On July 16, 1926, Donald Mellett was shot in front of his home. The editor of Ohio’s Canton Daily News had picked a fight with the wrong people.
Over the past 18 months, he had exposed multiple issues of corruption among the Canton police, eventually forcing the mayor to suspend the police chief. But the underworld’s ties ran deep. So deep, that three local gangsters and a detective conspired to get rid of him. Of course, the first official investigation turned up nothing. Eventually, an outside, private investigator cleared the case and all culprits were sentenced to life in prison.
And while it barely registers as a sideshow next to one of America’s most publicized crimes in the 1920s, it’s another life that was at stake which is of interest to us today.
Shortly before his death, Mellett had struck a deal with a visiting lecturer. He’d been so impressed with the man’s ideas that they’d decided to publish them come January, when Mellett was to resign from his editor’s duties.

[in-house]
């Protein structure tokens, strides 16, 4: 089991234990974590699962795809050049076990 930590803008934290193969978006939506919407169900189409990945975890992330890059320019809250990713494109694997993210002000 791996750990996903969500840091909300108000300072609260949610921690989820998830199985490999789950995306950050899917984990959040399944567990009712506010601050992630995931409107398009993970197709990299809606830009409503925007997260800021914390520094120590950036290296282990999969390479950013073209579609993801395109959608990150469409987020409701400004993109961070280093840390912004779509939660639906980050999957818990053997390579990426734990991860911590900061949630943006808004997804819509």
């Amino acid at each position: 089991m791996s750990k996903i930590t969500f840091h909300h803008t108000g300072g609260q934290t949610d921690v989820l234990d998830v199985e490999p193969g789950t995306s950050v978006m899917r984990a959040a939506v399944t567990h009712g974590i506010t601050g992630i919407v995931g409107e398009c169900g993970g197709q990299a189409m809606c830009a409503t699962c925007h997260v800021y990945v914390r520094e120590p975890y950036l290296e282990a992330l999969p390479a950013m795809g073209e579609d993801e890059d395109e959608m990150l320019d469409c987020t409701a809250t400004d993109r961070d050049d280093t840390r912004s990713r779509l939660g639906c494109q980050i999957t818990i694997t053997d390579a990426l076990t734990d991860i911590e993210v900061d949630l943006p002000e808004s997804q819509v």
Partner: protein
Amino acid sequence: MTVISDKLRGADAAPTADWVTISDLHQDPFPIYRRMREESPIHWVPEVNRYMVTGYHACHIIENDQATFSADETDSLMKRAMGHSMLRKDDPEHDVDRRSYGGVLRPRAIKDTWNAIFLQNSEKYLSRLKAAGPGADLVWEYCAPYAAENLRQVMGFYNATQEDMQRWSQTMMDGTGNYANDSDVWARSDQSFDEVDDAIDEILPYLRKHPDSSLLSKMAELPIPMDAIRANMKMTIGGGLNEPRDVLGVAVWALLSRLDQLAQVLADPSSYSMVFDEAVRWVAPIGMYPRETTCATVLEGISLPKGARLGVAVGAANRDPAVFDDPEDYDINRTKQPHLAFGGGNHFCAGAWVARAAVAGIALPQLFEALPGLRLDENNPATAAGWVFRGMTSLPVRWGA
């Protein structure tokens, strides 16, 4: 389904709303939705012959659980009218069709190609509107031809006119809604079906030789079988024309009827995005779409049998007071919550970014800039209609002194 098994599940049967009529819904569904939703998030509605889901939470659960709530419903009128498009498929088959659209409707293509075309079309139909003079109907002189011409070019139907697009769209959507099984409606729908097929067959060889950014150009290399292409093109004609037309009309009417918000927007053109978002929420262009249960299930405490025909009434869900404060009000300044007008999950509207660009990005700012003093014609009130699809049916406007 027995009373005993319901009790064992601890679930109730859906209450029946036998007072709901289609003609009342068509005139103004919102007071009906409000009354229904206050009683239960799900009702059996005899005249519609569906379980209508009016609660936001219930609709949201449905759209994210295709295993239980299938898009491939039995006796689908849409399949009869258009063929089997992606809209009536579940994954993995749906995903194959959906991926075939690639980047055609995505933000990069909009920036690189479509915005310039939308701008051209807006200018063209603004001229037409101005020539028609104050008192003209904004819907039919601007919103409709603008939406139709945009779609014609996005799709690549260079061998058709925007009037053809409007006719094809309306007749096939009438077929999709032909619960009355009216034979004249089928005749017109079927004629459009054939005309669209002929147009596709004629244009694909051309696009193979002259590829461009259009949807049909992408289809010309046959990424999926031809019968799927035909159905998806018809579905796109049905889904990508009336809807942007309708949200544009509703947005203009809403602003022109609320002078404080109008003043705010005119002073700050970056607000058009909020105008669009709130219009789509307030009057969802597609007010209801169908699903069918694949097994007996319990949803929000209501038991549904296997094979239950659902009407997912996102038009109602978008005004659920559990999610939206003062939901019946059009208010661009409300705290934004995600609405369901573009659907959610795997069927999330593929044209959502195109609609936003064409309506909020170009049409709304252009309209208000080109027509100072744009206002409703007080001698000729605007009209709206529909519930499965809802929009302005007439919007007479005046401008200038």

The morning after Mellett’s assassination, the man received an anonymous phone call, telling him he would leave Canton. He could leave on his own within the hour or wait longer and do so in a pine box — but leave he would.
Terrified, the man got into his car and drove for eight hours straight, not resting until he reached his relatives in the remote mountains of West Virginia. There, he went into hiding. Nobody would see him for months.
The name of that man was Napoleon Hill.
Joanna is in her early 30s. She’s tall, blonde, and hyper-competitive. She was a national rower, worked for the FBI, and trained Middle Eastern police forces. At the time she grabs dinner with her friend Kamal in late 2013, she’s already sold two companies, with her third about to go public. He tells the story:
She’s sitting against the wall and I’m facing her. We talk about our lives, things that have really formed us, who we are. Out of the blue, she tells me that, when she was 24, she had a heart attack and she died for seven minutes.
I was like okayyy and so I leaned forward: “I gotta ask: What happened?”
She goes: “I don’t remember.”